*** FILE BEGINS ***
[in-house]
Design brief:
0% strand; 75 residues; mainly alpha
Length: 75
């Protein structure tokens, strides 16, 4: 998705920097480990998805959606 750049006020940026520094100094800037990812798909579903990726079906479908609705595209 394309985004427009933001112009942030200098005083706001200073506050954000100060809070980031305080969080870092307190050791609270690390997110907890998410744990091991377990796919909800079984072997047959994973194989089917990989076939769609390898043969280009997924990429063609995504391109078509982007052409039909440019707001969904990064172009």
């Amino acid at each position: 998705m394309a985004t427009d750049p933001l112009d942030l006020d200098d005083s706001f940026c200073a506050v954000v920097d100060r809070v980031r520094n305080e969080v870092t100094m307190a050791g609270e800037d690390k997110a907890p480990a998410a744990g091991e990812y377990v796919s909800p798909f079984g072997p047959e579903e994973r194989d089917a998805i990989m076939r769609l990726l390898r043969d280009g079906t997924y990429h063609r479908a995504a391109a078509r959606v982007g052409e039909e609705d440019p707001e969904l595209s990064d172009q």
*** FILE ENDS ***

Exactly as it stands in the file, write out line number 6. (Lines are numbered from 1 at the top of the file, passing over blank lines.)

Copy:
């Amino acid at each position: 998705m394309a985004t427009d750049p933001l112009d942030l006020d200098d005083s706001f940026c200073a506050v954000v920097d100060r809070v980031r520094n305080e969080v870092t100094m307190a050791g609270e800037d690390k997110a907890p480990a998410a744990g091991e990812y377990v796919s909800p798909f079984g072997p047959e579903e994973r194989d089917a998805i990989m076939r769609l990726l390898r043969d280009g079906t997924y990429h063609r479908a995504a391109a078509r959606v982007g052409e039909e609705d440019p707001e969904l595209s990064d172009q």